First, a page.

Speaking of Crede, he reached second base by dint of launching a double into deep center field. Watching Willie Bloomquist try to follow the ball all the way to the track, and then sprint back into the outfield to retrieve it after it bounced off the wall, was enough to make you hope that he never plays in center again. I wonder if Dave Niehaus still thinks that Willie's the best defensive CF on the team.
The Olive Garden Cooking School is to Italy as clown college is to the US.
Runs scored by virtue of extra-base hits for Chicago in the series: 6
Manufactured runs scored for Chicago in the series: 2
Hawk Harrelson referred to Ron Fairly as an "outstanding announcer" today. Seriously. Another example of his unparalleled cognitive brilliance came when he was comparing a slide into first base with dive at the finish line of a race. In Harrelson's words, "well, you can't really dive when you're running at full speed." What does he think baserunners do whenever they slide into a bag? Stop just short and make a standing leap? I hate him so, so much.
From ESPN's game log:
Seattle - Top of 1st
Mark Buehrle pitching for Chicago
-I Suzuki singled to center.
-R Winn sacrificed to third, I Suzuki to second.
With a man on and none out in the top of the first, Mike Hargrove called for a sacrifice bunt. Nevermind that Winn's been one of the only guys hitting the ball well so far (.300 entering the game), or that he's had better success against lefties than righties for his career - he told Winn to bunt. I understand that Hargrove wanted his offense to get on the board first, but bunting in that situation actually reduces the likelihood of getting a run across. Not to mention the fact that it kills the chances of a big inning. When you're playing with a depleted lineup, why make this move? I don't get it.
Ignore the box score; Dan Wilson didn't strike out twice. I don't care what Tim Timmons had to say about it, because Wilson didn't go around in the fifth inning. If you don't get a good look at where the head of the bat ends up during a check swing, why err on the side of the pitcher? That pissed me off.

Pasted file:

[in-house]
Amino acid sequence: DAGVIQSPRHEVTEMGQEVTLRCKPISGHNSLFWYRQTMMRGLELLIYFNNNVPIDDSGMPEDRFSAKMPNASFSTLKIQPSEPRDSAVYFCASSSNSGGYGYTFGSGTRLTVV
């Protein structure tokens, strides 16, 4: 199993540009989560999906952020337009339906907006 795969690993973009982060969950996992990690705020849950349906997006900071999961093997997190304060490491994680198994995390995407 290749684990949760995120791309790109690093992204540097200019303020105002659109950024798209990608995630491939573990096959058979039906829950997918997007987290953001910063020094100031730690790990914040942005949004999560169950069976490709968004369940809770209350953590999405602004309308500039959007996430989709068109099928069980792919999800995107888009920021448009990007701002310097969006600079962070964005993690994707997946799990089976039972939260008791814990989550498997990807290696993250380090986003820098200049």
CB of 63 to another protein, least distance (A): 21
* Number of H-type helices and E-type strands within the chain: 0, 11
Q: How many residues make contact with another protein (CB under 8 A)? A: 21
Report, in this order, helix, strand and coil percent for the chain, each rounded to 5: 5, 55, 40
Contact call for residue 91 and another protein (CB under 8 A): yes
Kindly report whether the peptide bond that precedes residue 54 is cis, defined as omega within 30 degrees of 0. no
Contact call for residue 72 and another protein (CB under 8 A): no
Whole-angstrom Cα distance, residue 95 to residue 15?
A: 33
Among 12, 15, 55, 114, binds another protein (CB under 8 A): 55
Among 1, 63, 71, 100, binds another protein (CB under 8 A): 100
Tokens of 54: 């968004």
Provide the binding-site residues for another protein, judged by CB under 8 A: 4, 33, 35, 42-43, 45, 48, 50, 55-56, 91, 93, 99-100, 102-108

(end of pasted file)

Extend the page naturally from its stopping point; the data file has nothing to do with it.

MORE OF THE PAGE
At one point during the game, WGN ran an ad for Ultimate Arena Paintball, which is being broadcast later tonight. Apparently, it's an "exciting new extreme sport". You can't make this stuff up.
Adrian Beltre had a miserable day at the plate, finishing 0-4 with a strikeout and looking lost each time. Buehrle was hammering the outer half of the plate all day against him, just like Vizcaino did last night, and Beltre couldn't make solid contact. I'd be more concerned, but remember that he's still dealing with a sore back that can make it difficult to extend your swing to cover the whole strike zone. With a hurting Beltre and a sick Sexson, this lineup is in a world of hurt.
Gil Meche will test out his elbow tomorrow against ol' Freddy the Headcase at 3:05pm EDT. The bad news is that we don't know how Meche will do as his pitch count rises, but the good news is that Chicago has failed to complete a single sweep this year after winning the first two games of each of their series. By the fifth inning tomorrow, we'll know a lot more about Meche than we do right now. Until then, just think thappy thoughts.